After the political upheaval that was the hung parliament of Australian politics, the balance of power somehow got passed to the hands of an eccentric band of misfits known as the Independents. Bound together only by their inability to agree with anyone else about anything, their presence in mainstream politics has been like a breath of weird air.
And that’s where Bob Katter comes in.
|There’s a chance I don’t believe in you.|
There’s a big part of me that really enjoys the sheer batshit insanity that his presence entails. The other part of me is a traumatised and whimpering ball that is sad for my country of origin. The fact that we have to seriously listen to a man who threw eggs at the Beatles and who flat out refuses the existence of homosexuals in north Queensland is a tier of absurdity rarely scaled. However the most absurd part of the Katter phenomenon is that I trust him more than Tony Abbott. I mean, he’s the kind of crazy where you can predict to an extent what he is going to be crazy about. Abbott is just a snake.
LACK OF STARS:
If the eighties taught me anything, it’s that the people dressed like cowboys are usually minor characters with bad accents and a lack of anything resembling character development.
|I love the episode where Helicopter Pilot confronts his fear of lakes
and also goes in search of his alcoholic mother.
During the eighties, Katter was one of the cronies of Joh Bjelke-Petersen, the Undying Lich Lord of Queensland. Their dread government helped inflict conservative politics on the state for decades. Some say Bjelke-Petersen will rise again. Some say he never died. Others believe he lives on in Pauline Hanson’s womb.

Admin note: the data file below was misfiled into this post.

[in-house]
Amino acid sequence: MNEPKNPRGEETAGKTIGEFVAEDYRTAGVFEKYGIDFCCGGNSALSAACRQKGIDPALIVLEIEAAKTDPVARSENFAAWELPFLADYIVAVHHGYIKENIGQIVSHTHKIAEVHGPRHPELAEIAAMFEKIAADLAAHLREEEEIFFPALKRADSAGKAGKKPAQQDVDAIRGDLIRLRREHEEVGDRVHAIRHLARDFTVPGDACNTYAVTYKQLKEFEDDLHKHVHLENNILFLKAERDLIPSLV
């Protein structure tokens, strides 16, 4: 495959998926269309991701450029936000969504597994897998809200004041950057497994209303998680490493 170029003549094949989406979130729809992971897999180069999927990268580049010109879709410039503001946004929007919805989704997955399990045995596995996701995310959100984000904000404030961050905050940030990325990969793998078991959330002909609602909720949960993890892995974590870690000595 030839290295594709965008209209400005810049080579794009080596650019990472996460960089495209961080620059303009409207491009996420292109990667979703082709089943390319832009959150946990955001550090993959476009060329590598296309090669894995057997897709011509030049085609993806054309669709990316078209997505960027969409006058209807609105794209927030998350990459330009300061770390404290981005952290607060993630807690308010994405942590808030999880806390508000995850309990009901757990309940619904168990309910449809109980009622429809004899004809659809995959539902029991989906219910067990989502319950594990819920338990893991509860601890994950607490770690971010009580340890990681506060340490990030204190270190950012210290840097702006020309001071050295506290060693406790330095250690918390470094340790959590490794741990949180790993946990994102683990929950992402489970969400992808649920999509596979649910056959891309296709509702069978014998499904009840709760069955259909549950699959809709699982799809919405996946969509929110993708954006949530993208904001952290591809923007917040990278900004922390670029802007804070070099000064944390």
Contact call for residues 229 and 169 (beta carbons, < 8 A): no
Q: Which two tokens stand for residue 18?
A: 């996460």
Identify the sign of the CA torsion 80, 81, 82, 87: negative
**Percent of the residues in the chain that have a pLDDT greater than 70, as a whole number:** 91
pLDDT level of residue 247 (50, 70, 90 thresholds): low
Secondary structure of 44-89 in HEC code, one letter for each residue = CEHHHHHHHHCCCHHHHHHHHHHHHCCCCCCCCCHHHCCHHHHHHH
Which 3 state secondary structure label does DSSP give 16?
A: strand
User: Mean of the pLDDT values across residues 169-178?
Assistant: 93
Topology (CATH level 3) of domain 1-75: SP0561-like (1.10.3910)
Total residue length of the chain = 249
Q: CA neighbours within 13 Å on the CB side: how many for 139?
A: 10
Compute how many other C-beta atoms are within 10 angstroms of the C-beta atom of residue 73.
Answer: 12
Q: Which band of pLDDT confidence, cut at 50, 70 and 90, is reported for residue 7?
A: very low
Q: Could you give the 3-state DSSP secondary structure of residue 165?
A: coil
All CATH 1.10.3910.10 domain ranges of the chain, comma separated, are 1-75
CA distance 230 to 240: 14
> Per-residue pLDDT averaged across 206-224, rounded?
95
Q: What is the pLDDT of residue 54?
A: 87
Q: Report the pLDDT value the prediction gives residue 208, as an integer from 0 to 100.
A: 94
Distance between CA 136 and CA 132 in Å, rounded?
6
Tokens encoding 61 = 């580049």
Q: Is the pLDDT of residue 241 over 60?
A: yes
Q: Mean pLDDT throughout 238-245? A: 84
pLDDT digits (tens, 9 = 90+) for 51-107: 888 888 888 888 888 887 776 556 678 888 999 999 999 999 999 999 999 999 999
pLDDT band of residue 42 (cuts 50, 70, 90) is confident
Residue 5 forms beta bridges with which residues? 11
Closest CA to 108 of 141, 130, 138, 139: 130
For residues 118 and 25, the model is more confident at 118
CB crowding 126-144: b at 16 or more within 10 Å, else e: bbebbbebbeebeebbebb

But the fact is, that the Mad Katter was clearly one of those situations where a minor character outlives the main villain, and then is quickly forced to develop into a real human being. Clearly this meant seven layers of insanity.
And now that he is rising to fill the dread throne of Petersen, he has begun gathering his own sinister force, under the banner of ‘Katter’s Australian Party’. Villains from around Australia are slowly pledging their support.
And the question on everybody’s lips: where is Batman in our time of need?
1/5 stars. He may be crazy and evil, but maybe rural Australia needs a crazy evil voice to stand up for them in their time of need. They are suffering many, many plagues. I may be a latte sipping inner-city vest wearing phoney, but I’ve seen Landline.
I’ve recently delved into the wonderful world of Doctor Who. I’ve been resisting this for a while, because I find that time travel is usually a wonderful excuse for stupid deus ex machina. But they seem to be doing fine. And then like any stable adult-child, I bought a sonic screwdriver for my own to play with.